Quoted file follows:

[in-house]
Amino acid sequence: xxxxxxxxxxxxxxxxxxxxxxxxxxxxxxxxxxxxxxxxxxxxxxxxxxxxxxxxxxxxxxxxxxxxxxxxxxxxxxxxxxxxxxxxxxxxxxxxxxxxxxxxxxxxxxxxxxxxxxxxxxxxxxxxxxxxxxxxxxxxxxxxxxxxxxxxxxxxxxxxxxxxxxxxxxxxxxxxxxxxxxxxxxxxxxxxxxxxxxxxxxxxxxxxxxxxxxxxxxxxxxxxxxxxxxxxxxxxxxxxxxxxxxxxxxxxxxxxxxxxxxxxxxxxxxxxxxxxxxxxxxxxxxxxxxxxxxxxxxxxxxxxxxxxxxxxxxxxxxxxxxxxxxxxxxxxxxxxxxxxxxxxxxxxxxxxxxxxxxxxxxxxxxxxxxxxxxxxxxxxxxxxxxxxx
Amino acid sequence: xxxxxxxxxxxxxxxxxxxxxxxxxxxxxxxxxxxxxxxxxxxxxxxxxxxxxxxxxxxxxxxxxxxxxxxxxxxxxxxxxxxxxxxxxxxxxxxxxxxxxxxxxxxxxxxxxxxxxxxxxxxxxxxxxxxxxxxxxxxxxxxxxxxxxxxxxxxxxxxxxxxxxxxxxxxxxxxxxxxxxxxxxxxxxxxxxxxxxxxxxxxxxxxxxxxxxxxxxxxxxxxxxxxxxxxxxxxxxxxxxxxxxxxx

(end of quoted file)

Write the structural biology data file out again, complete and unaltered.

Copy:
[in-house]
Amino acid sequence: xxxxxxxxxxxxxxxxxxxxxxxxxxxxxxxxxxxxxxxxxxxxxxxxxxxxxxxxxxxxxxxxxxxxxxxxxxxxxxxxxxxxxxxxxxxxxxxxxxxxxxxxxxxxxxxxxxxxxxxxxxxxxxxxxxxxxxxxxxxxxxxxxxxxxxxxxxxxxxxxxxxxxxxxxxxxxxxxxxxxxxxxxxxxxxxxxxxxxxxxxxxxxxxxxxxxxxxxxxxxxxxxxxxxxxxxxxxxxxxxxxxxxxxxxxxxxxxxxxxxxxxxxxxxxxxxxxxxxxxxxxxxxxxxxxxxxxxxxxxxxxxxxxxxxxxxxxxxxxxxxxxxxxxxxxxxxxxxxxxxxxxxxxxxxxxxxxxxxxxxxxxxxxxxxxxxxxxxxxxxxxxxxxxxx
Amino acid sequence: xxxxxxxxxxxxxxxxxxxxxxxxxxxxxxxxxxxxxxxxxxxxxxxxxxxxxxxxxxxxxxxxxxxxxxxxxxxxxxxxxxxxxxxxxxxxxxxxxxxxxxxxxxxxxxxxxxxxxxxxxxxxxxxxxxxxxxxxxxxxxxxxxxxxxxxxxxxxxxxxxxxxxxxxxxxxxxxxxxxxxxxxxxxxxxxxxxxxxxxxxxxxxxxxxxxxxxxxxxxxxxxxxxxxxxxxxxxxxxxxxxxxxxxx